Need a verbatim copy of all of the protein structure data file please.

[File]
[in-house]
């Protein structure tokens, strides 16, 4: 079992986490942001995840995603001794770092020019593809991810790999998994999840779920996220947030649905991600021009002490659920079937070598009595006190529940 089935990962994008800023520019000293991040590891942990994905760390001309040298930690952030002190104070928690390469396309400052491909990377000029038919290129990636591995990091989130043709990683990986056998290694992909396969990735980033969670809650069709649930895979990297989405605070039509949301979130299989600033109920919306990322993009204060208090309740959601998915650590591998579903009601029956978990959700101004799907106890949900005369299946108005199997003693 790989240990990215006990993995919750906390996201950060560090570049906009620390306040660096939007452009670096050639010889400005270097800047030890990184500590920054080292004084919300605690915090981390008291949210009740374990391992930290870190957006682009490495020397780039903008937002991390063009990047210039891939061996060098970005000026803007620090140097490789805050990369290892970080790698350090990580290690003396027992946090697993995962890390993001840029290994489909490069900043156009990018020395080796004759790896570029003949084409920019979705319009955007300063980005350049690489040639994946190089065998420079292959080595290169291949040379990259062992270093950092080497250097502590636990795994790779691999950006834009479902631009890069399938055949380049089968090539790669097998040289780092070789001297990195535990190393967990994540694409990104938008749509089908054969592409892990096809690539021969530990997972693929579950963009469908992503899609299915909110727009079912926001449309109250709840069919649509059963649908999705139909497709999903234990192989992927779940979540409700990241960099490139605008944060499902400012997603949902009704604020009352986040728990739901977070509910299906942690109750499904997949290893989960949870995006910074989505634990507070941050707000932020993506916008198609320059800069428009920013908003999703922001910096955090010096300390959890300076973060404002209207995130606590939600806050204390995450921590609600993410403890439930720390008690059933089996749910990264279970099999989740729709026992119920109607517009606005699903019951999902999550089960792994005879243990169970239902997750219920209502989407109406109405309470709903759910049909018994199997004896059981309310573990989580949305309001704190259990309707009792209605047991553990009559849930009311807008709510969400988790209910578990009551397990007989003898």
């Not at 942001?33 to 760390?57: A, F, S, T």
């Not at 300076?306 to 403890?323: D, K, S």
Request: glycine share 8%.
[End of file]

[in-house]
């Protein structure tokens, strides 16, 4: 079992986490942001995840995603001794770092020019593809991810790999998994999840779920996220947030649905991600021009002490659920079937070598009595006190529940 089935990962994008800023520019000293991040590891942990994905760390001309040298930690952030002190104070928690390469396309400052491909990377000029038919290129990636591995990091989130043709990683990986056998290694992909396969990735980033969670809650069709649930895979990297989405605070039509949301979130299989600033109920919306990322993009204060208090309740959601998915650590591998579903009601029956978990959700101004799907106890949900005369299946108005199997003693 790989240990990215006990993995919750906390996201950060560090570049906009620390306040660096939007452009670096050639010889400005270097800047030890990184500590920054080292004084919300605690915090981390008291949210009740374990391992930290870190957006682009490495020397780039903008937002991390063009990047210039891939061996060098970005000026803007620090140097490789805050990369290892970080790698350090990580290690003396027992946090697993995962890390993001840029290994489909490069900043156009990018020395080796004759790896570029003949084409920019979705319009955007300063980005350049690489040639994946190089065998420079292959080595290169291949040379990259062992270093950092080497250097502590636990795994790779691999950006834009479902631009890069399938055949380049089968090539790669097998040289780092070789001297990195535990190393967990994540694409990104938008749509089908054969592409892990096809690539021969530990997972693929579950963009469908992503899609299915909110727009079912926001449309109250709840069919649509059963649908999705139909497709999903234990192989992927779940979540409700990241960099490139605008944060499902400012997603949902009704604020009352986040728990739901977070509910299906942690109750499904997949290893989960949870995006910074989505634990507070941050707000932020993506916008198609320059800069428009920013908003999703922001910096955090010096300390959890300076973060404002209207995130606590939600806050204390995450921590609600993410403890439930720390008690059933089996749910990264279970099999989740729709026992119920109607517009606005699903019951999902999550089960792994005879243990169970239902997750219920209502989407109406109405309470709903759910049909018994199997004896059981309310573990989580949305309001704190259990309707009792209605047991553990009559849930009311807008709510969400988790209910578990009551397990007989003898």
């Not at 942001?33 to 760390?57: A, F, S, T």
């Not at 300076?306 to 403890?323: D, K, S």
Request: glycine share 8%.